Dave and Suzie K. sent the following description of their cordwood masterpiece. “Always loved English pubs so decided to build one on our land. The diamond-paned windows came from an old coach house in England and the woodstove is also from England.”
Building Details 16′ x 20′ timber frame, posts, and floor sills all 8 x 12’s, tie beams and wall plates 8 x 10’s, all knee braces, rafters, and joists 4 x 6’s.”
“We burned (Shou Sugi Ban aka Yakisugi) everything (except the interior and exterior log faces). It is very wet where we live and the wood all gets a black mold on it if left untreated. The burning was done with a propane torch and some of the beams were immediately oiled (while still hot with thick leather gloves) with Thompson’s timber oil. The oiling was mainly on the root cellar-every beam was oiled.
Planning on oiling the timber frame beams once all the sanding has been done. Going to sand the cordwood on the inside and then possibly oil it as well.”
One of the advantages of framing your building before doing the cordwood walls is that you keep all your materials dry and you can continue to dry your wood on the inside.
“We used lime putty mortar.”
All wood was western red cedar dried for 8-12 months. The walls are 12 inches thick with 4 inches of cedar sawdust in the middle mixed with lime. Should be R-14.”
Note how the windows are braced and secured.
All the timbers and dimensional lumber were scorched with the Yagisugi technique.
“Liked the round look more than the splits so as we were laying up we would take the mortar and fill the checks with a putty knife and the lime putty mortar. I thought the weather was quite cool all summer and we were in shade but right at the end of the summer I realized that I could minimize cracks in the lime putty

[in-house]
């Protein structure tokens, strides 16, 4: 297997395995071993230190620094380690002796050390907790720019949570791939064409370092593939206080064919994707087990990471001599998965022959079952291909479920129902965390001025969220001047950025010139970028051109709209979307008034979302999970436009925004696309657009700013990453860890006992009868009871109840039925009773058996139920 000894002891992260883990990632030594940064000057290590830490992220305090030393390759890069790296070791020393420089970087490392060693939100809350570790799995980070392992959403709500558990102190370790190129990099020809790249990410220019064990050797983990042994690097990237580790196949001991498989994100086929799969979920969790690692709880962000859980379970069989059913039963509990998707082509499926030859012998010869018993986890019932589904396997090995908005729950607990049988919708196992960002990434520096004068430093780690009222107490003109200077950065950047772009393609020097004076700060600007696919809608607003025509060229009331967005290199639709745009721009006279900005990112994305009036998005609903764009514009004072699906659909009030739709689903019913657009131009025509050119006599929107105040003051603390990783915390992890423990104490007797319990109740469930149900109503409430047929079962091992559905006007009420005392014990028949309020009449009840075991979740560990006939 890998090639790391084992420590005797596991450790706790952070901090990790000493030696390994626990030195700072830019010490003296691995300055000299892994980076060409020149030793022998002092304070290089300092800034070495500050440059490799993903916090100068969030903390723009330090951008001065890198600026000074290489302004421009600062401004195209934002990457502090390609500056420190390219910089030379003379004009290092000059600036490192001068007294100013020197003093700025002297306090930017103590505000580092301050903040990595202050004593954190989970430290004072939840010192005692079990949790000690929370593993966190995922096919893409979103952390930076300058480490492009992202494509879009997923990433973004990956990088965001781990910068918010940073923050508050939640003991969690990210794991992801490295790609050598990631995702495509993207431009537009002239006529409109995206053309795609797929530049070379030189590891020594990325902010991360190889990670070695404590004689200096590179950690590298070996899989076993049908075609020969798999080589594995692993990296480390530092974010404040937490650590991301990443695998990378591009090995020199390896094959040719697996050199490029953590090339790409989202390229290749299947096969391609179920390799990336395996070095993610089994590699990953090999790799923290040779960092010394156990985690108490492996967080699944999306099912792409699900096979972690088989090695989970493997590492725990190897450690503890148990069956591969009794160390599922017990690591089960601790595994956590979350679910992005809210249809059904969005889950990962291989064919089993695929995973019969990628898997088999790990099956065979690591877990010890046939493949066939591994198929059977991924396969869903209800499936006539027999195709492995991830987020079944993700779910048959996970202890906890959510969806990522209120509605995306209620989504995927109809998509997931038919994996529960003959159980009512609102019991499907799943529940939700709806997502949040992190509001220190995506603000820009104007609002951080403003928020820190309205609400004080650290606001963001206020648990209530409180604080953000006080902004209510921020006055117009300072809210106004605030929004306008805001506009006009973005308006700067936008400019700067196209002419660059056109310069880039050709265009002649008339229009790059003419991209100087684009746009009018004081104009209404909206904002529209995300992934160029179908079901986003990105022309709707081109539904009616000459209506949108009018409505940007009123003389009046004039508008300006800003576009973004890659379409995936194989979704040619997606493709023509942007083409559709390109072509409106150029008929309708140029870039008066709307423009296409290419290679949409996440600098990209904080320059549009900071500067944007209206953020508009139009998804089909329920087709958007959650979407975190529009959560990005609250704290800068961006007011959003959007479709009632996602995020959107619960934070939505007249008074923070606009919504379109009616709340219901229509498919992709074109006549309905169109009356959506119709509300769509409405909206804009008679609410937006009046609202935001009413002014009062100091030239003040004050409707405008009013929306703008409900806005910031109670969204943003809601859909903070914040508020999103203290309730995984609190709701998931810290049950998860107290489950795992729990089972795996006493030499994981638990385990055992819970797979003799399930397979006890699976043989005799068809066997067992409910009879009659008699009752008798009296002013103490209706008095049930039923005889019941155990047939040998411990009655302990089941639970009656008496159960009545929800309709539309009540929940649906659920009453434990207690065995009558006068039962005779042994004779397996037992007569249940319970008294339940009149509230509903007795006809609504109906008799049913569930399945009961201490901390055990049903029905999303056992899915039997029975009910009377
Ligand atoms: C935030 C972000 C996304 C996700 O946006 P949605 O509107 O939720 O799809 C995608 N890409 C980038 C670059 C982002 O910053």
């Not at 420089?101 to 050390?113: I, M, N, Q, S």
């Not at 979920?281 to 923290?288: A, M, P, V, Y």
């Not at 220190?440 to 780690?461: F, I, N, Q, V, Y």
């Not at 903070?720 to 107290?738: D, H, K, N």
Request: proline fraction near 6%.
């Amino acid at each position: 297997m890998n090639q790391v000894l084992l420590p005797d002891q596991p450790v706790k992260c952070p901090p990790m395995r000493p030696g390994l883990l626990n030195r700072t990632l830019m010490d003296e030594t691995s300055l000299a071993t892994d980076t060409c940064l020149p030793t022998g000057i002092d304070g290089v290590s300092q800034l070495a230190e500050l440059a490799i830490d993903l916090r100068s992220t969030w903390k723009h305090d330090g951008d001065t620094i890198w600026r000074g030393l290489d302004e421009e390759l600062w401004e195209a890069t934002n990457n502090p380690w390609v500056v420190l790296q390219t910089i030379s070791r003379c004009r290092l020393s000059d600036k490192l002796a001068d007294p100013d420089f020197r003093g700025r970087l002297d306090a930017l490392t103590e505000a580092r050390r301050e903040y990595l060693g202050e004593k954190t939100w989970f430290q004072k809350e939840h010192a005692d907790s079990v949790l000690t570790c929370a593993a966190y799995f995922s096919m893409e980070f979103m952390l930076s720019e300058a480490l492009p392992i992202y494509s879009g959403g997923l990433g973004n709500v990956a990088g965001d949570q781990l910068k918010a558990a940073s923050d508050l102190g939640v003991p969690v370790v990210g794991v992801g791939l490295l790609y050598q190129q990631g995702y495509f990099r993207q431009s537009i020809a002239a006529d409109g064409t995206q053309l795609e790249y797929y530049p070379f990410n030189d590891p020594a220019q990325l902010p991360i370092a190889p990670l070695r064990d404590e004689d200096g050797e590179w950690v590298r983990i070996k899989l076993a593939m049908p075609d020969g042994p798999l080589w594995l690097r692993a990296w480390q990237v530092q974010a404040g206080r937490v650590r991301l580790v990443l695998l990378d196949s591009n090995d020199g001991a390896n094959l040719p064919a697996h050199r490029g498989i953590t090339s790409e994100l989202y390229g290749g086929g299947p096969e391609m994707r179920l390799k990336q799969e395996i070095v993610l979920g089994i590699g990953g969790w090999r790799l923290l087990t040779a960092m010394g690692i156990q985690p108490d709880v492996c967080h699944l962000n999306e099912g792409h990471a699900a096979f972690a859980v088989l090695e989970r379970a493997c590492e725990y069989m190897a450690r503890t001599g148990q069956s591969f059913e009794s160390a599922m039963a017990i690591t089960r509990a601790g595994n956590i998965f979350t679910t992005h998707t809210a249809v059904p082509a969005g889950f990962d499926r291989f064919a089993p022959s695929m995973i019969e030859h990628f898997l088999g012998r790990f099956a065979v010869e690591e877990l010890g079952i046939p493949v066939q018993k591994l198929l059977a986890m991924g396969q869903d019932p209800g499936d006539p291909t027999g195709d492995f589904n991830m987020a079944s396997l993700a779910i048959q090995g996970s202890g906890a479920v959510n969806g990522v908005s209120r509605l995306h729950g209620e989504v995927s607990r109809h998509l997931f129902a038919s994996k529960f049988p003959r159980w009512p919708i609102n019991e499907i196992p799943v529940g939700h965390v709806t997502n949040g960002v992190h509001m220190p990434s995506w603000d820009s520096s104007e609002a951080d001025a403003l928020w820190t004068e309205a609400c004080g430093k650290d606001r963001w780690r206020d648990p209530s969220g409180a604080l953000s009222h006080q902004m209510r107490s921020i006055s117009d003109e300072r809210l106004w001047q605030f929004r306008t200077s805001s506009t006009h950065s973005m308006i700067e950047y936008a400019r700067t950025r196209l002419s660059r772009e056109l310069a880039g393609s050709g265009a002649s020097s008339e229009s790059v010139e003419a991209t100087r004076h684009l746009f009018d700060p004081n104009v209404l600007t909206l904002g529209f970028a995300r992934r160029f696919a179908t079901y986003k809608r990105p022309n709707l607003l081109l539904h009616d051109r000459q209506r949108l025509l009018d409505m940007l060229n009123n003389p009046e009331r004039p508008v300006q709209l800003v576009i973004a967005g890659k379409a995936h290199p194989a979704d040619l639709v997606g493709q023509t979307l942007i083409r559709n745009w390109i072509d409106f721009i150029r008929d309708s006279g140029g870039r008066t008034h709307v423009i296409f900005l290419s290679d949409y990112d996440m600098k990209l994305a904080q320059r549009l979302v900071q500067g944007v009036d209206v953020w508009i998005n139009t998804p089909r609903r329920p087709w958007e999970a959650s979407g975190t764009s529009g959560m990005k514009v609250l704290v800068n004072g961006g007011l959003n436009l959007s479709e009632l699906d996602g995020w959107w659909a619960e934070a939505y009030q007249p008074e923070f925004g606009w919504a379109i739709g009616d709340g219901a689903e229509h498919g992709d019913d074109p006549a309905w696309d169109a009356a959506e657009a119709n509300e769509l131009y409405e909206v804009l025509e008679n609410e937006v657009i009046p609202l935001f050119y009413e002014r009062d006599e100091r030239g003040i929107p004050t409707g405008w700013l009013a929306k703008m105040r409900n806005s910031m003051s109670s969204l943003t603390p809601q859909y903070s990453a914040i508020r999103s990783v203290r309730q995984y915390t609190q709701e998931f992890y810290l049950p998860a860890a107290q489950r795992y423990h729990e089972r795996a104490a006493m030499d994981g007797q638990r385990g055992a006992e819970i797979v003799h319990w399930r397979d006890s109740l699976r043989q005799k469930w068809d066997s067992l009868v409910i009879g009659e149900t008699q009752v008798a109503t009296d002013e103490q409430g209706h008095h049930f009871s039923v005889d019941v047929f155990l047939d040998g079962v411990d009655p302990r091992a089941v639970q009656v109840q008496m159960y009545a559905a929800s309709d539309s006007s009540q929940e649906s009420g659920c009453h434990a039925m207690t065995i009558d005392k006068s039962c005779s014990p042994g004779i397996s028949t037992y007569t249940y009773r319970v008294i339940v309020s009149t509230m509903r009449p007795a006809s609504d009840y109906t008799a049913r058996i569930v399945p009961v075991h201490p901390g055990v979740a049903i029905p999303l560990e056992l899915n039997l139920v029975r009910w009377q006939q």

by slowing the drying. I did this on the front of the cordwood root cellar by hanging wet towels in front of the drying cordwood and lightly misting it with a sprayer. I have quite a few hairline cracks in the pub walls. None
extend from the outside to the inside so it is just cosmetic. My wife actually likes it (she is English) and says it gives it an extra “hundred years of age.” However, I would definitely err on the side of keeping the lime
putty mortar moist for a few days and shaded.”
Note the sun and windscreen on the right side of the post.
Happy smiles make the job easier!
Should you wish to learn how to build a cordwood cottage, cabin, or home, please visit www.cordwoodconstruction.org While you are there, click on the pictures, read the brief articles, check out the latest workshops and newsletter, and if you are interested click on the book cover to see all the cordwood literature available in print and ebook format.
If you have questions that aren’t answered on the website you can email me at firstname.lastname@example.org
Readers have requested a brief bio, so here goes:
“Richard & Becky Flatau built their mortgage-free cordwood home in 1979 in Merrill, Wisconsin. Since then, they have written books, conducted workshops, facilitated the 2005, 2011 and 2015 Cordwood Conferences and provided consultation for cordwood builders. Cordwood Construction: Best Practices DVD, Cordwood Construction Best Practices (print) and Cordwood Conference Papers 2015 are the newest publications available from their online cordwood bookstore.” www.cordwoodconstruction.org